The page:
What’s a girl to do these days? There is an inconceivable amount of valuable information to be found in blogs today, and breaking into the world of blog-following and online reading is intimidating for most people.
I used to think that I either needed to become familiar with every popular blogger in the industry or just drop the effort altogether, and I thought keeping up with blogs was going to be a huge task that would take a lot of time. I tried to wrap my head around it, but kept giving up.
After being given some good reading organization advice, I’m now hooked.
Step 1 – Give bloggers a test on Twitter.
Most bloggers use their Twitter accounts for multiple purposes, and one is as a mini RSS feed. They post a quick blurb and link to every post they write and share other valuable information related to their topics with their followers. Following a blogger on Twitter is a great way to:
A: Get a feel for their blog content. You are given the opportunity to follow their blog, selecting what to read and what not to read by the quick snippets of info that fit into a tweet. You get to decide whether you like it without it cluttering your reader.
B: Get to know the blogger beyond their blog content. I find that most great bloggers stick to their subject matter while publishing their blogs, allowing a little room for personality, but rarely allowing you to get a glimpse of their other interests. I love getting to know bloggers who share a broader range of information on Twitter because they aren’t as bound in the social sphere to the stringent theme and scope of their blog.
If you’re not a Twitter fan or if you haven’t developed an organized system for reading Twitter content (like using lists and Hootsuite or Tweet Deck to view content), try out my post on how to effectively and efficiently take-in information on Twitter before you write it off altogether.
Step 2 – Compile the blogs you love in Google Reader.
What blogs should you subscribe to?
My number one reader rule: Never put a mediocre blog into your reader. If one gets in there by accident, remove it as soon as you realize you don’t like it very much. It’s easy to fill up your reader with a ton of content that you don’t really care about, and it muddles your ability to find the good stuff, making reading online much more time consuming than it needs to be.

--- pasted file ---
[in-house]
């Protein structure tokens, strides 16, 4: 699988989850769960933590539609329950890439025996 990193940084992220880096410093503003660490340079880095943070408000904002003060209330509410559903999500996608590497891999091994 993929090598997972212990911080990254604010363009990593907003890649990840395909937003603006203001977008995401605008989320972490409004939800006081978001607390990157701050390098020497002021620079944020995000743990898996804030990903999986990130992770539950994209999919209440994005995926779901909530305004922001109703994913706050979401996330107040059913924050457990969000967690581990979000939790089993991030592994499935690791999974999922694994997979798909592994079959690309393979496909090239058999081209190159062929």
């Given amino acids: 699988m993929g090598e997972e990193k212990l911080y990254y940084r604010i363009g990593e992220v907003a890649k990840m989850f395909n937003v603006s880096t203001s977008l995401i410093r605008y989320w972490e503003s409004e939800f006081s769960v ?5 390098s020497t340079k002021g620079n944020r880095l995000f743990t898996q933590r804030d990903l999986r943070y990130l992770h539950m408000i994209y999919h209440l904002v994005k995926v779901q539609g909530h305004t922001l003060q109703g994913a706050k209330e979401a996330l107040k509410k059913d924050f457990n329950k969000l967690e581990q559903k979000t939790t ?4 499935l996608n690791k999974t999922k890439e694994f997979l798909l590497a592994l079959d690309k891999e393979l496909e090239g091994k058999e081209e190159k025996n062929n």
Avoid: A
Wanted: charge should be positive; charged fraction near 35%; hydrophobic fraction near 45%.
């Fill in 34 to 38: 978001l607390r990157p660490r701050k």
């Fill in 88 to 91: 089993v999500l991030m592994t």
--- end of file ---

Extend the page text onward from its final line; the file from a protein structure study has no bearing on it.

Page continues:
My number two reader rule: Keep a healthy blend of content. I keep my reader about half full of things I should be reading and half full of things I want to be reading. The fun stuff keeps me coming back for more, but the smart stuff ensures my online reading isn’t just a waste of time.
Why Google Reader?
Everyone has their own preferences for which RSS reader to use, and I am partial to Google. I like it because it’s so easily accessible. Because I can login to my Google account one time and access my e-mail, documents, calendar, maps, website analytics and reader all in one place, I’m more likely to check it regularly than if it were in another location.
Step 3 – Use Diigo to save, annotate and highlight the posts, articles and pages you want to remember.
While I love reading new posts the first time around on Google Reader, I detest trying to go back to it to reference old posts. I also didn’t want to deal with a convoluted, multi-step reading and bookmarking system that wouldn’t allow me to save my favorite pages the way I wanted to view them.
Diigo is a great, free tool that allows you to bookmark any website you want – blog post or otherwise. My favorite features are the ability to highlight and make notes on the text of any page you bookmark. This is perfect for me because I often have a hard time remembering why I saved one article or another, and saving my notes right along with the page helps me stay organized and saves me time in the long run.
Diigo also lets me sort my bookmarks into folders, adding tags for easy searching later. (For example, I might save a blog post on the latest updates to Facebook under my “Social Media” folder and add the tag, “Facebook.” Every time I want to access any info I’ve saved on Facebook, I can go back, click on my tag and see everything I need).
For anyone looking for more information about online reading, I highly recommend Chris Butler’s post on his reading process. The post itself, as well as the comments, may help you find the best tools to fit your preferences.
Any other reading tips or ideas? Any tools you like better than these? Share in the comments!